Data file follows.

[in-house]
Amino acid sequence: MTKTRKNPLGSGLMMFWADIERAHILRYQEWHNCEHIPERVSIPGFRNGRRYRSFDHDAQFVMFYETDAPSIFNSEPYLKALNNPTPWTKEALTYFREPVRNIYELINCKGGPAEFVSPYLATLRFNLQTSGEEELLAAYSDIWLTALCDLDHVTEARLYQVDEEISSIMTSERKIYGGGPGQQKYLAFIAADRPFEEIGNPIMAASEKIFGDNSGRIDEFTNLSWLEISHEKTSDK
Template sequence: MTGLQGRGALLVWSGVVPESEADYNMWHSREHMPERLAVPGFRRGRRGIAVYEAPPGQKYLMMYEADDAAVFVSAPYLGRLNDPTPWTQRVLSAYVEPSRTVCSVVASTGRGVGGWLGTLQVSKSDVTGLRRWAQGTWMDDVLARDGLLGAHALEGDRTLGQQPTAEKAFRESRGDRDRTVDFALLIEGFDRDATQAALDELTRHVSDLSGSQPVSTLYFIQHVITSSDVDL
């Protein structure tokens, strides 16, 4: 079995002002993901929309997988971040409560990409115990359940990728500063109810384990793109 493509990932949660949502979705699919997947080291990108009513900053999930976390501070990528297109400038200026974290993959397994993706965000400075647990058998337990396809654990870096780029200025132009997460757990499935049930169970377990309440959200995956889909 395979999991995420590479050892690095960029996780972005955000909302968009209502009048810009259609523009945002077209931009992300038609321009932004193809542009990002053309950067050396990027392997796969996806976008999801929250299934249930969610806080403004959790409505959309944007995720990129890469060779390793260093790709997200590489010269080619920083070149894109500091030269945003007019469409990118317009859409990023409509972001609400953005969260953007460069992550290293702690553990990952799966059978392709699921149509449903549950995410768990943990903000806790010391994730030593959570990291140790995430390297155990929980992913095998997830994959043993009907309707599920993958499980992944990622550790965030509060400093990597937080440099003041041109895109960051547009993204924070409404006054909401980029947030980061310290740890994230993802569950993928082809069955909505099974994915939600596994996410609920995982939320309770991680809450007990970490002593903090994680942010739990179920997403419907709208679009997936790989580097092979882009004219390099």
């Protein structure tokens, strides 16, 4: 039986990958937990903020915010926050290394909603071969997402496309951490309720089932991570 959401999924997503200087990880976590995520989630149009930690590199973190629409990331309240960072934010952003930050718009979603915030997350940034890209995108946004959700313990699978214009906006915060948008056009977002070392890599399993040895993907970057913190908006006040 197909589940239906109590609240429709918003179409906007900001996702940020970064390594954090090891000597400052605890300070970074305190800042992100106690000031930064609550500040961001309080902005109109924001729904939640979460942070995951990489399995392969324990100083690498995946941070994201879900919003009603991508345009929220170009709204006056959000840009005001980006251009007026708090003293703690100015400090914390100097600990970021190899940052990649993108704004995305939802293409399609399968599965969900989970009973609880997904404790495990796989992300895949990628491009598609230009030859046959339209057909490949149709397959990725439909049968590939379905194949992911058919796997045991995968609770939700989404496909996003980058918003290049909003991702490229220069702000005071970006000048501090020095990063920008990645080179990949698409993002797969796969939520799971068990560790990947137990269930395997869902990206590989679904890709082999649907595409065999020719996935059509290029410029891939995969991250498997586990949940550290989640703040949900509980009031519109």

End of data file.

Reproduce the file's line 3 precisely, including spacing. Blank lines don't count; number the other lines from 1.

Template sequence: MTGLQGRGALLVWSGVVPESEADYNMWHSREHMPERLAVPGFRRGRRGIAVYEAPPGQKYLMMYEADDAAVFVSAPYLGRLNDPTPWTQRVLSAYVEPSRTVCSVVASTGRGVGGWLGTLQVSKSDVTGLRRWAQGTWMDDVLARDGLLGAHALEGDRTLGQQPTAEKAFRESRGDRDRTVDFALLIEGFDRDATQAALDELTRHVSDLSGSQPVSTLYFIQHVITSSDVDL